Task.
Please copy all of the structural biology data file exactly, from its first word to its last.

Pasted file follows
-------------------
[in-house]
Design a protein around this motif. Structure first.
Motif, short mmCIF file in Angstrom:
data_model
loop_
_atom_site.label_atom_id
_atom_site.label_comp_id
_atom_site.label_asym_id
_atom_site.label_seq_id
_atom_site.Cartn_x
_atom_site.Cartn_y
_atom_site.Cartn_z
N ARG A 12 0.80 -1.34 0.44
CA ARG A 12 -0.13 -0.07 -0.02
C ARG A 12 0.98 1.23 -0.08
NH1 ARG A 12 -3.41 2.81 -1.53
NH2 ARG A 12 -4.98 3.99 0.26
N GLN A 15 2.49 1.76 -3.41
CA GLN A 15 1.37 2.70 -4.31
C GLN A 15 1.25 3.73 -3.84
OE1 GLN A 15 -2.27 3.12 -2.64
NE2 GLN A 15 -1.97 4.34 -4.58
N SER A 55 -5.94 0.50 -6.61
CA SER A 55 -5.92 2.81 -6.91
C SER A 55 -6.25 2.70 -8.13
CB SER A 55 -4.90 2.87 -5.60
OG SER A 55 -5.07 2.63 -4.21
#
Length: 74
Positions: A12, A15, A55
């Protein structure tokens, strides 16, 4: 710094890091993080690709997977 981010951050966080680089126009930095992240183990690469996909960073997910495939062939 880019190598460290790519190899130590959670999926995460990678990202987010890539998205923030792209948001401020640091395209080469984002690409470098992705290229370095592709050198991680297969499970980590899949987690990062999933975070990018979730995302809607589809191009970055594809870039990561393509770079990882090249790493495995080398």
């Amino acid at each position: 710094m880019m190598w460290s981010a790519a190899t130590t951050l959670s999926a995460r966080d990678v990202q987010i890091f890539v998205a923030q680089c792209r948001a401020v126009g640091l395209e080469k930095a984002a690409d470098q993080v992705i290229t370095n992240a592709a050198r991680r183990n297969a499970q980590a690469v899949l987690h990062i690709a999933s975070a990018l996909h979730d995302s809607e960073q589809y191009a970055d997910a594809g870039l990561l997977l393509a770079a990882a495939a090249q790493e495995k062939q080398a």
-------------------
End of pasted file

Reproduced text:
[in-house]
Design a protein around this motif. Structure first.
Motif, short mmCIF file in Angstrom:
data_model
loop_
_atom_site.label_atom_id
_atom_site.label_comp_id
_atom_site.label_asym_id
_atom_site.label_seq_id
_atom_site.Cartn_x
_atom_site.Cartn_y
_atom_site.Cartn_z
N ARG A 12 0.80 -1.34 0.44
CA ARG A 12 -0.13 -0.07 -0.02
C ARG A 12 0.98 1.23 -0.08
NH1 ARG A 12 -3.41 2.81 -1.53
NH2 ARG A 12 -4.98 3.99 0.26
N GLN A 15 2.49 1.76 -3.41
CA GLN A 15 1.37 2.70 -4.31
C GLN A 15 1.25 3.73 -3.84
OE1 GLN A 15 -2.27 3.12 -2.64
NE2 GLN A 15 -1.97 4.34 -4.58
N SER A 55 -5.94 0.50 -6.61
CA SER A 55 -5.92 2.81 -6.91
C SER A 55 -6.25 2.70 -8.13
CB SER A 55 -4.90 2.87 -5.60
OG SER A 55 -5.07 2.63 -4.21
#
Length: 74
Positions: A12, A15, A55
């Protein structure tokens, strides 16, 4: 710094890091993080690709997977 981010951050966080680089126009930095992240183990690469996909960073997910495939062939 880019190598460290790519190899130590959670999926995460990678990202987010890539998205923030792209948001401020640091395209080469984002690409470098992705290229370095592709050198991680297969499970980590899949987690990062999933975070990018979730995302809607589809191009970055594809870039990561393509770079990882090249790493495995080398």
């Amino acid at each position: 710094m880019m190598w460290s981010a790519a190899t130590t951050l959670s999926a995460r966080d990678v990202q987010i890091f890539v998205a923030q680089c792209r948001a401020v126009g640091l395209e080469k930095a984002a690409d470098q993080v992705i290229t370095n992240a592709a050198r991680r183990n297969a499970q980590a690469v899949l987690h990062i690709a999933s975070a990018l996909h979730d995302s809607e960073q589809y191009a970055d997910a594809g870039l990561l997977l393509a770079a990882a495939a090249q790493e495995k062939q080398a």